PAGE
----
While Bute settled into her new routine of plying back and forth between Wemyss Bay and Rothesay, a watchful eye was kept on the new ship to identify areas for improvement, so that her younger sister could be modified as required during the construction process. It was originally planned that the second ship would be brought into service in the summer of 2006, but it was to be September before she was even launched!

Following a relatively new policy adopted by CalMac, the name of the new ship was revealed in a press release some months before the launch and on 3rd April 2006 a statement on the company's website announced the revival of the name Argyle. The new Argyle was to be the seventh ship to carry the name - and by coincidence she would be operating alongside the seventh vessel to carry the name Bute. The name had long been associated with the Wemyss Bay - Rothesay route and it seemed wholly appropriate that the name be brought back into use.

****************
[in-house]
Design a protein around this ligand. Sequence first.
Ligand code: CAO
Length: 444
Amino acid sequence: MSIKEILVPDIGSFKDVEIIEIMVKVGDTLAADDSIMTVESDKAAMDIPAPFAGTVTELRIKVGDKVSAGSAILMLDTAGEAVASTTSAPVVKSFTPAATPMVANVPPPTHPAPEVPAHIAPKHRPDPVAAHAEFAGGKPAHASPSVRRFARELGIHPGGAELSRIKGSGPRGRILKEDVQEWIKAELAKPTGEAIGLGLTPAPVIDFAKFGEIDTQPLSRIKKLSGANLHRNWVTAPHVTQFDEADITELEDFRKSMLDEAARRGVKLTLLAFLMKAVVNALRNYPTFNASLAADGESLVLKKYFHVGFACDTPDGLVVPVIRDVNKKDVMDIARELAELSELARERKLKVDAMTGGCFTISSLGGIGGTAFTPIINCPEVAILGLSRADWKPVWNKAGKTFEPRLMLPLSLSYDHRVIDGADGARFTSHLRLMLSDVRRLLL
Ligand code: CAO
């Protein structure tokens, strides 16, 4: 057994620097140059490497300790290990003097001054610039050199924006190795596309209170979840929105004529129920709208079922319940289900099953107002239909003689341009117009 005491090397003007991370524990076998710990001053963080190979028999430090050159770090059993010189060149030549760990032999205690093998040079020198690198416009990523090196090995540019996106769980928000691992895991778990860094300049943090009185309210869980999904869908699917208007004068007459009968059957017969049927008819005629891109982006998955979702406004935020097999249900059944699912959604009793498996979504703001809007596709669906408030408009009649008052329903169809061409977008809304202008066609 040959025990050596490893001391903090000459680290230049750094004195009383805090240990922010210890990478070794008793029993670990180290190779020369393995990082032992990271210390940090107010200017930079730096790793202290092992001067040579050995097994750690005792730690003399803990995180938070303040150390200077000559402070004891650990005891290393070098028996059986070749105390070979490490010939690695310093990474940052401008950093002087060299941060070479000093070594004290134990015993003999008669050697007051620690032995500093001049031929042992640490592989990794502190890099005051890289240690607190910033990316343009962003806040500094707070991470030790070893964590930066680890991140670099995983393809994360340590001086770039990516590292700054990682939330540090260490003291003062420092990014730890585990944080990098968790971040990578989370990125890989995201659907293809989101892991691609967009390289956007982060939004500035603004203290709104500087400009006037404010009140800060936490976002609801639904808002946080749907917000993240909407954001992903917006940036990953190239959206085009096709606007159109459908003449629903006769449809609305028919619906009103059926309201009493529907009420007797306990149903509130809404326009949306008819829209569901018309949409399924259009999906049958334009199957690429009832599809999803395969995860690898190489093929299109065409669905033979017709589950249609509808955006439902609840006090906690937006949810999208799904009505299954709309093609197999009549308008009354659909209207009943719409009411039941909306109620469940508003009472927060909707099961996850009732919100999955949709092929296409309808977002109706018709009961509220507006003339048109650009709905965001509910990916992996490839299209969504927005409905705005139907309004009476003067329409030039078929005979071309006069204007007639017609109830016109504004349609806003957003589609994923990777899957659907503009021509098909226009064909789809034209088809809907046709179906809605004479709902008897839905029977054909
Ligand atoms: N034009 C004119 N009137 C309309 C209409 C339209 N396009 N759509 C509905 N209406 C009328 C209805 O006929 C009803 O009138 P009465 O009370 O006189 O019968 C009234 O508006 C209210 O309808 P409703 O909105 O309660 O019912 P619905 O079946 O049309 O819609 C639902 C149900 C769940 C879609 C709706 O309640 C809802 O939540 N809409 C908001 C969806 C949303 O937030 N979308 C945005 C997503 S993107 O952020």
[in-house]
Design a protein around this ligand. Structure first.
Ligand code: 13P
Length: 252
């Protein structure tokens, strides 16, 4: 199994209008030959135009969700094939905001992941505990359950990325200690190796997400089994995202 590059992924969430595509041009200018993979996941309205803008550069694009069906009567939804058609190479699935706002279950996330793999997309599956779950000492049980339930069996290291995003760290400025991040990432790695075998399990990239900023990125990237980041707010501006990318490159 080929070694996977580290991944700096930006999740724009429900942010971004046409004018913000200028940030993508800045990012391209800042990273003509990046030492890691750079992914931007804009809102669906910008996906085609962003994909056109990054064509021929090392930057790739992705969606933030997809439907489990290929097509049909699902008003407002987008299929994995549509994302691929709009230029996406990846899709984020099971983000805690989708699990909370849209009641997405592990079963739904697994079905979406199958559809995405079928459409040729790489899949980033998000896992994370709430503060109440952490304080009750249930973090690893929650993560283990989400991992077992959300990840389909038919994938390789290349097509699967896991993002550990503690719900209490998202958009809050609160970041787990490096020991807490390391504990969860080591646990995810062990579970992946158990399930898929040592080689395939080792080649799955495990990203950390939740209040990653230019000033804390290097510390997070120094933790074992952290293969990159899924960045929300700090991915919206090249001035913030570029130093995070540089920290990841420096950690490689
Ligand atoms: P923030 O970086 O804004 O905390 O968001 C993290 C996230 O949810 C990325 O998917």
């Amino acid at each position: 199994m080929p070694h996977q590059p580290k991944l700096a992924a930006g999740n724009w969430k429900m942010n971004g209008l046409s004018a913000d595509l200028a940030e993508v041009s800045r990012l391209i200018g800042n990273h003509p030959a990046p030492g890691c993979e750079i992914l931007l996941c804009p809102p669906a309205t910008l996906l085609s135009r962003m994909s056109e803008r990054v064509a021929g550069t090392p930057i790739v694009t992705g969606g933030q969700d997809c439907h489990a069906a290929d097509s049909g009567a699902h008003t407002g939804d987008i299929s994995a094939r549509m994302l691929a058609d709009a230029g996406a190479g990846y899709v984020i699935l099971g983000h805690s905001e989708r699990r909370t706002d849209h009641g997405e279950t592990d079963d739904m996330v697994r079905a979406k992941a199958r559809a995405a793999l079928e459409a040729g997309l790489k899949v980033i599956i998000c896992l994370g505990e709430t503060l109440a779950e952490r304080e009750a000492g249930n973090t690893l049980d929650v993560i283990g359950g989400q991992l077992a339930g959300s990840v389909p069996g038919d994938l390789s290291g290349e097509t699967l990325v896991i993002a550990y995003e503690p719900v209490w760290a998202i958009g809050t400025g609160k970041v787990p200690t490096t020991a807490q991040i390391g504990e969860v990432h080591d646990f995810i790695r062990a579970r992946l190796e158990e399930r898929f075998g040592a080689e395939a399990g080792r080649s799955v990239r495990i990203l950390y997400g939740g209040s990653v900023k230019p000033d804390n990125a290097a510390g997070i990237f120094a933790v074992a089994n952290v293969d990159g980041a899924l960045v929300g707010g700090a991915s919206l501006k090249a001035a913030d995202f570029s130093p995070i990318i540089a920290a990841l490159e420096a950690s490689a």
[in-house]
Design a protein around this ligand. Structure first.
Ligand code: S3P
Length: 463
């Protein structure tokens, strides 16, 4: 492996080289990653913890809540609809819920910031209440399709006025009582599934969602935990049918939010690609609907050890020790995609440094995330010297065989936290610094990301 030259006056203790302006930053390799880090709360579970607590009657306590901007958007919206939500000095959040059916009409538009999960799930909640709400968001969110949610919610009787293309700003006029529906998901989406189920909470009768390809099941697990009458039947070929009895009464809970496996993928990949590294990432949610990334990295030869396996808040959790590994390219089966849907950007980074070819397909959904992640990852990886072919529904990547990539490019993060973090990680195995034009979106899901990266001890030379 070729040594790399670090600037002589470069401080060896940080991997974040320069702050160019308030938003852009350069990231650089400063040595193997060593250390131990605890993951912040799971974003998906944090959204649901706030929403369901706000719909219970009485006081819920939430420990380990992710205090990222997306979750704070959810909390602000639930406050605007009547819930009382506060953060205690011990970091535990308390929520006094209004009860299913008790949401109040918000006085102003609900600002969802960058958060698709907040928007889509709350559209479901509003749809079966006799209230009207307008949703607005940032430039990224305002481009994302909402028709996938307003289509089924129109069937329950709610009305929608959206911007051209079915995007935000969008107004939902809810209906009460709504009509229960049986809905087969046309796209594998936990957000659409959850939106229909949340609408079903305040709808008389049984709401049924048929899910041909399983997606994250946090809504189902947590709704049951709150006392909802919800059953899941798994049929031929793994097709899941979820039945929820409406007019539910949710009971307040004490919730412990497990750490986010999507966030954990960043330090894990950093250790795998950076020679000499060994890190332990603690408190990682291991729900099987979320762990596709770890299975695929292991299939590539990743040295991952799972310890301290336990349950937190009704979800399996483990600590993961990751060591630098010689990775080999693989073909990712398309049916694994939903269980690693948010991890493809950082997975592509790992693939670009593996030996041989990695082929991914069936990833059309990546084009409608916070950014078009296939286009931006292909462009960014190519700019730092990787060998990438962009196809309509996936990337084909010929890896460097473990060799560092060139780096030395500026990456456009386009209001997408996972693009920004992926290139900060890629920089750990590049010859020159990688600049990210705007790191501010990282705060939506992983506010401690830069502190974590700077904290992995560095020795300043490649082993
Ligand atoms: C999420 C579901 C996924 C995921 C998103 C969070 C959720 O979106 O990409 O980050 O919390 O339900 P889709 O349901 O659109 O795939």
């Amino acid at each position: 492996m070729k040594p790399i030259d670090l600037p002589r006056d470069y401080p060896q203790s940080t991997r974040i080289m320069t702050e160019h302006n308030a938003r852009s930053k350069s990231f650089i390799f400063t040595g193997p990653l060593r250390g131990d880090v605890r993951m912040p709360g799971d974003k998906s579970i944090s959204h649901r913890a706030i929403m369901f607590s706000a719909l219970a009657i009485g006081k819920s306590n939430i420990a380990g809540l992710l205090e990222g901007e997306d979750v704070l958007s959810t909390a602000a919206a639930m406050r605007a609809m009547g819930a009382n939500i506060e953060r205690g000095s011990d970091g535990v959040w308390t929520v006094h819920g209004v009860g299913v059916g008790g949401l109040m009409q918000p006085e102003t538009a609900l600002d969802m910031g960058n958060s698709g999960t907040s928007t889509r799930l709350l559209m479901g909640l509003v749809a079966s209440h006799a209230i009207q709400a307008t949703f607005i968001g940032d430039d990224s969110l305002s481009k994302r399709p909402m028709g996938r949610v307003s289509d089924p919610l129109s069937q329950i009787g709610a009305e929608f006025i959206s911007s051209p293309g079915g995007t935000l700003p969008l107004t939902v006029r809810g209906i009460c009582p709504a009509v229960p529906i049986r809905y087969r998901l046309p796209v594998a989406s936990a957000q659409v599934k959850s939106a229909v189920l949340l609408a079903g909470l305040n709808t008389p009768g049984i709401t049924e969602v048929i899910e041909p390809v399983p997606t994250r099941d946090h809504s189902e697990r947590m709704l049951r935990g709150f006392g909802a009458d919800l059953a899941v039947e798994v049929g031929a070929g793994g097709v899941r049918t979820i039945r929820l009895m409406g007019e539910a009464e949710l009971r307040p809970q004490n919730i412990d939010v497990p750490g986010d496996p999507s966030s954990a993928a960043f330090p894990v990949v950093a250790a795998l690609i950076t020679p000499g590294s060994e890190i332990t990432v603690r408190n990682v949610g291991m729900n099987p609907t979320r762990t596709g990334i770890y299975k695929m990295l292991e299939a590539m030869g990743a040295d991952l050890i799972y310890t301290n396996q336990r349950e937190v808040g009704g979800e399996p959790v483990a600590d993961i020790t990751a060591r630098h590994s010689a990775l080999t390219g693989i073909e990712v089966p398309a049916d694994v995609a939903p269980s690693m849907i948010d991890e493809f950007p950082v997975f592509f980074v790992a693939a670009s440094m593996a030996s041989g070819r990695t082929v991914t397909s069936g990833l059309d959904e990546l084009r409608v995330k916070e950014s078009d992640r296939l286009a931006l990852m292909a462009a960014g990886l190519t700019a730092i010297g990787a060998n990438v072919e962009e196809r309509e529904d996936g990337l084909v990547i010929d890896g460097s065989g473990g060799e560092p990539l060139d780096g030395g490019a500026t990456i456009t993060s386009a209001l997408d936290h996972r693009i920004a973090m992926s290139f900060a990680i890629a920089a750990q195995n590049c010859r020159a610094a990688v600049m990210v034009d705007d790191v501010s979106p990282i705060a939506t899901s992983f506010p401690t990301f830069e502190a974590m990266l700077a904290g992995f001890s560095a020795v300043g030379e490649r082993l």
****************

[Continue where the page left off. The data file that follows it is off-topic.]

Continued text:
Argyle took shape very slowly at the Remontowa yard in Gdansk, Poland and as her sister had done on 9th February 2005, she slid sideways into the water for the first time on 12th September 2006. While she was finished off at the yard there were also developments at what would become 'home-base'. A long-awaited end-loading linkspan had finally been approved for Rothesay, and preparations for its construction were underway through the spring of 2007. Quite predictably though, due to unforeseen problems beneath the water at the pier, this was still far from complete by the time Argyle entered service.